Soon, the scales of justice will weigh the innocence and guilt of Oregonians at a different location. This February, construction began on a replacement courthouse, scheduled to be finished in two years. The old downtown building will need someone to bring new vision to the old site. While the building is old and has its share of issues, the bones are impeccable. 

“The Courthouse is a jewel, and we just need to dust it off,” said James Graham, economic development manager for Oregon City. “Oregon City is looking forward to working with Clackamas County to find a viable use for the building in the future.” 

 Oregon City is well-known for its thriving antique and collectibles scene. With so many historic buildings and sights, why not take home a piece of history as well? On the south end of Main Street, you’ll find The Vintage Nest, an antique mall that can keep you busy for hours. Across the street is Angel Ink Tattoo, if you’d like something to take with you forever. If their art isn’t to your liking, maybe Illuminati Tattoo, right up the street, will have a design that interests you.

Don’t want a tattoo? Maybe find that vintage copy of “Purple Rain” or “Exile on Main Street” at Oregon City Records, housed in the city’s oldest commercial building. Maizee Mae’s Antiques and Vintage, just at the base of the Old Bridge, is home to some of OC’s most eclectic vintage home goods. There’s something for everybody here: salons and massage therapists, restaurants and bars, vintage vinyl and the turntables on which to play them, and we’re not finished.

We haven’t addressed the elephant in the room, the river itself. It’s a force of nature, and those who grew up in the area have seen it at its wintery worst, but also at its leisurely, summertime best. Our final destination is eNRG Kayaking, located on the river just north of downtown. At eNRG, you can take a self-guided or guided tour of the river and the falls. Choose your craft: paddleboards, single and tandem kayaks, and canoes are all at your disposal. Rentals are by the hour or by the day. Paddle upstream to witness the power of the falls from a more humbling and awe-inspiring perspective. Is it a workout or sightseeing? You decide, we can’t make up our minds.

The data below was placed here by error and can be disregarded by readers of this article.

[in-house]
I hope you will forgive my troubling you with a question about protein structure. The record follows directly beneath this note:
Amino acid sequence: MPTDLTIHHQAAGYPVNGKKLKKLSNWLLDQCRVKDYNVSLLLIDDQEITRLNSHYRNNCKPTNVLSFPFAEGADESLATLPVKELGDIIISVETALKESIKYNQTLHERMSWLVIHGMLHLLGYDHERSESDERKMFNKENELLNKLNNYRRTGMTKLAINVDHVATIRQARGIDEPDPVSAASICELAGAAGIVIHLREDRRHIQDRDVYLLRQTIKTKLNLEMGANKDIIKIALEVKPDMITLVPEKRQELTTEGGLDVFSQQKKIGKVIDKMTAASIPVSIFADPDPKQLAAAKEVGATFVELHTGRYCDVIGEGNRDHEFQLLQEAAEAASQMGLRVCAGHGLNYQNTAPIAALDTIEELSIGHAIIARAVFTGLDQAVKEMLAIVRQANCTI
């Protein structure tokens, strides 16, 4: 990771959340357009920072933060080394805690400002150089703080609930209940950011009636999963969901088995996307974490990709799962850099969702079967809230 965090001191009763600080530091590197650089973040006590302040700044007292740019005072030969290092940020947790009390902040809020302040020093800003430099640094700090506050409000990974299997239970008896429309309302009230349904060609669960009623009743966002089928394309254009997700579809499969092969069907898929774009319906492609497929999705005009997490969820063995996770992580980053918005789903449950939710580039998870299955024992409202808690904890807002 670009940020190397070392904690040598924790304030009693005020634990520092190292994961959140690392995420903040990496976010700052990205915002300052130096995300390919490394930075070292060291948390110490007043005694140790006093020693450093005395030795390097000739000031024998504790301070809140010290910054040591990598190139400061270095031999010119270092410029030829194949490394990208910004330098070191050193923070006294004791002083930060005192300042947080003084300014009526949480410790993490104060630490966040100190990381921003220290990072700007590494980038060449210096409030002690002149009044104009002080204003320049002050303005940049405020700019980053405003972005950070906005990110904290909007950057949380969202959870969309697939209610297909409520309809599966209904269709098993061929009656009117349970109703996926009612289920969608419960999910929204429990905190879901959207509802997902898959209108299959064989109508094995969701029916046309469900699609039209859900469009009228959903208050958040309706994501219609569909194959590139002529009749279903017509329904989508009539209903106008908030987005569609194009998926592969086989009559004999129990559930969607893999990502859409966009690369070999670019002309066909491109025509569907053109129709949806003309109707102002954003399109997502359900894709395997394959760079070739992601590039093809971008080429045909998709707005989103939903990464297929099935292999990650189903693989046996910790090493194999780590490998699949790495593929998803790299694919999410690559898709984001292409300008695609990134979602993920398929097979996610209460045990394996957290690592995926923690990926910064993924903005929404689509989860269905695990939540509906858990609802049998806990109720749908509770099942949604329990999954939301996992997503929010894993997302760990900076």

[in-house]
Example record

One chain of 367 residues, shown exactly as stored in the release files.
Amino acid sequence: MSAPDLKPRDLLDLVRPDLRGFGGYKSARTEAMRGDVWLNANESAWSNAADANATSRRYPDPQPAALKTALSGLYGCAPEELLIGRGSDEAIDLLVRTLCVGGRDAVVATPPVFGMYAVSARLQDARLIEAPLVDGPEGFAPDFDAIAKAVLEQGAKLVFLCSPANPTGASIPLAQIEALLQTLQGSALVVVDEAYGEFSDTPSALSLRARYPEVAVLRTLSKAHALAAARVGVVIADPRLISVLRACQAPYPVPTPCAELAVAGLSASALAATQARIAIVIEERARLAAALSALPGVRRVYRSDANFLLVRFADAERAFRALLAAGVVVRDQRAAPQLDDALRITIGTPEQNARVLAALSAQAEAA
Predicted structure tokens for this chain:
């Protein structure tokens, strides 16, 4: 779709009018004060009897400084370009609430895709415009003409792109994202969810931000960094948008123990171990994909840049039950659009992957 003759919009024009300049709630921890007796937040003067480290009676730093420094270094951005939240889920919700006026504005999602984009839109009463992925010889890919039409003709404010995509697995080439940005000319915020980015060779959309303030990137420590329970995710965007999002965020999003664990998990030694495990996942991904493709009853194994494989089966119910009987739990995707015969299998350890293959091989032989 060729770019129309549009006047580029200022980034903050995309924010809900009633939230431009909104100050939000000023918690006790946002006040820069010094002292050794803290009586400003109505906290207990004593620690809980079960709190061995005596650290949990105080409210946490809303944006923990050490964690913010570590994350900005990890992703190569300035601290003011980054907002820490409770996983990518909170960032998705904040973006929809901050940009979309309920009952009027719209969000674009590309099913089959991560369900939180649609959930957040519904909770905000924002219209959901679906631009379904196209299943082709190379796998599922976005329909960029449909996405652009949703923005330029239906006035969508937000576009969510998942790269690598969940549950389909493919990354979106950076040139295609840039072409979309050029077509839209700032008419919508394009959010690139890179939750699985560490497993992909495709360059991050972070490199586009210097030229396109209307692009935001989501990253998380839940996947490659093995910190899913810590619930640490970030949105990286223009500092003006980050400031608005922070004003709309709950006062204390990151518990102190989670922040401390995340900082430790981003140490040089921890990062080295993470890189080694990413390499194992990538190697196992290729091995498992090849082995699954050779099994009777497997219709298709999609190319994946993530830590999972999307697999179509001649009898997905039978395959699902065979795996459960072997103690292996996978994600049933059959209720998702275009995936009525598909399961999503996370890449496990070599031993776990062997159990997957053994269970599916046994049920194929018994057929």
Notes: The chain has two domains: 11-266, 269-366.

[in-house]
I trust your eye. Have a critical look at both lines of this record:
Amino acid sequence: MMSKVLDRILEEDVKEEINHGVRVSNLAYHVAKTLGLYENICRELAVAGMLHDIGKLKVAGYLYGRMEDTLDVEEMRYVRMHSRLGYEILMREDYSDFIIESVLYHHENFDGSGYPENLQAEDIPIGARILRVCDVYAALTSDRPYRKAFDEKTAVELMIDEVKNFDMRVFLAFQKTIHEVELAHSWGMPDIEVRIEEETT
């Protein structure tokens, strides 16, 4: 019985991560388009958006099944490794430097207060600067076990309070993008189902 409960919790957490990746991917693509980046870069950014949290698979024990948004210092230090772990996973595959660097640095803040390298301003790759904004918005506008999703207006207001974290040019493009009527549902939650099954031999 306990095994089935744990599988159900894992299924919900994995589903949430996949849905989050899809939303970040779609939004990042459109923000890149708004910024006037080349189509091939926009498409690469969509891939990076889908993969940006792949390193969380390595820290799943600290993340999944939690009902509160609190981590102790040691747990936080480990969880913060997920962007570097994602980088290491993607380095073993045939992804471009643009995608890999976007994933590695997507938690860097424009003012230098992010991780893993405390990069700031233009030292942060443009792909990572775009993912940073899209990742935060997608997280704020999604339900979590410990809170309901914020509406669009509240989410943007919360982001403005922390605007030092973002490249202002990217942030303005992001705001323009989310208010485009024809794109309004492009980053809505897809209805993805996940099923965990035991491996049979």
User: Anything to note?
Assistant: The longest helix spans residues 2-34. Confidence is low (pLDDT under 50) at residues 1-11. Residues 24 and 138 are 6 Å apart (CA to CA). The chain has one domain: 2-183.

Oregon City’s downtown hasn’t always been a destination (unless you count visits to the courthouse) but the locals have always known that wonderful old buildings, million-dollar views and wealth of history have given it the potential to become an amazing place for businesses and the public. It took decades for all the renovations to occur, and turn the formerly dismal downtown district back into the social hub it most certainly was a century or more ago. Today it is vibrant, with every type of goods, services and businesses available to the community. Watching it develop and change has been amazing, and there are certainly more amazing things to come.  


Museum of the Oregon Territory

211 Tumwater Drive, Oregon City

10:30 a.m. to 4 p.m. Wednesday to Saturday


Oregon City Municipal Elevator

6 Railroad Avenue, Oregon City

7 a.m. to 9:30 p.m. Monday-Friday

11 a.m. to 7 p.m. Saturday

7 a.m. to 7 p.m. Sunday 


eNRG Kayaking

1701 Clackamette Drive, Oregon City

Reserve by appointment


Clackamas County Courthouse

807 Main St, Oregon City

Gabriel Lucich


  1. Marty on May 30, 2023 at 7:52 am

    That’s for a nice story. We eat in downtown OC quite often. My only visit to the court house was to get married and serve on Jury duty.